Defense and security relationship, fight against terrorism, increase in trade and investment and people-to-people contact are key elements of Ambassador Navtej Sarna’s tenure in the U.S. Addressing the Indian-American community during his maiden visit to Chicago, April 5, Sarna, India’s Ambassador to the U.S., stressed the need to take Diaspora’s inherited achievements “a notch up.”
Envisioning “a particular future for cooperation” between India and the Midwestern America, Ambassador Sarna highlighted industry, finance, education and manufacturing as the areas to be pursued, Hello NRI reported. He touched upon the possibility of enhancing the scope of Prime Minister Modi’s Smart City Program through intra-city cooperation with region’s advanced cities like Chicago. Briefly referring to his interactions with Illinois Governor Bruce Rauner, and with Chicago’s Mayor Rahm Emanuel, Ambassador Sarna stated that “Chicago itself has deep links, and we [India] have much to gain by cooperation.” These are the areas that need to be actualized, he added.
Earlier Neeta Bhushan, Consul General of India in Chicago, welcomed Sarna. Emphasizing the importance of her Midwest jurisdiction, Bhushan informed that the Midwest contributed a mega share to the total of Indo-U.S. trade. She also introduced the regional diaspora as “dynamic and vibrant.”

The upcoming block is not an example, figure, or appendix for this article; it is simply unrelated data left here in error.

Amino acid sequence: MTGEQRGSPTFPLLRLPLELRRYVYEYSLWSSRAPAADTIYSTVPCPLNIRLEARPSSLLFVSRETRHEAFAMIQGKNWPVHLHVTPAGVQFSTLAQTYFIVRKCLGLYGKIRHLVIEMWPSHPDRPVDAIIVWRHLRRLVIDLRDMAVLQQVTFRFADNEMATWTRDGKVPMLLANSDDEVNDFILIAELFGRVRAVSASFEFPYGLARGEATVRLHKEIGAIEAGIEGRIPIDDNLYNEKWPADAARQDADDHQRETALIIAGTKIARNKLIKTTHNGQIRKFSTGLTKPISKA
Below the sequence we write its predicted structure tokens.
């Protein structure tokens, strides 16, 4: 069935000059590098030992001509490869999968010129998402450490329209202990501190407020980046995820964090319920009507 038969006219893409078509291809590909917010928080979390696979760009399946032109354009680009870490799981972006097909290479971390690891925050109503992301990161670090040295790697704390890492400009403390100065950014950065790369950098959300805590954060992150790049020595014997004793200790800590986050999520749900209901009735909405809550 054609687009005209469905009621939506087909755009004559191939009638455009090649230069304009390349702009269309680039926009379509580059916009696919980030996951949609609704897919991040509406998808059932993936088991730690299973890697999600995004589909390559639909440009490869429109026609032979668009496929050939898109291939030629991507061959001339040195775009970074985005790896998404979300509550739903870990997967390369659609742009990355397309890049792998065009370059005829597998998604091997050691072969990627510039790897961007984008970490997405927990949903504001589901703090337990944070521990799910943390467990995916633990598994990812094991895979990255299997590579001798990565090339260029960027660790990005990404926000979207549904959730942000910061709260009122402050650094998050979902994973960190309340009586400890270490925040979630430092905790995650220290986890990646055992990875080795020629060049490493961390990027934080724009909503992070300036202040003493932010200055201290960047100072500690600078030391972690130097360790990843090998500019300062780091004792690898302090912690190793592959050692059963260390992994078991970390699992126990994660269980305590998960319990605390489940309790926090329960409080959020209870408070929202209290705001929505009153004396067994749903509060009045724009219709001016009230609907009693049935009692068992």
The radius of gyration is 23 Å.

Bhushan also acknowledged the presence of Neeraj Gupta, secretary, Investment and Public Assets management.
Earlier in the day, the Punjabi Community of Midwest, Chicago hosted a welcome lunch for Sarna at the Chicago Yacht Club. Dr Harjinder Khaira, Amrish Mahajan and Darshan Singh Dhaliwal were the chief organizers. Mohinder Singh and Darshan Singh Dhaliwal presented siropa to Sarna and the event concluded with lunch.
Sarna, a Delhi University graduate with degrees in Law and Commerce is a career diplomat having served in several diplomatic capacities in Moscow, Poland, Bhutan, Geneva, Iran and Washington. He is the author of novels ‘We Weren’t Lovers Like That’ and ‘The Exile’ as well as a short story collection ‘Winter Evenings’. His non-fiction works include ‘The Book of Nanak’, ‘Folktales of Poland’ and ‘Indians at Herod’s Gate’.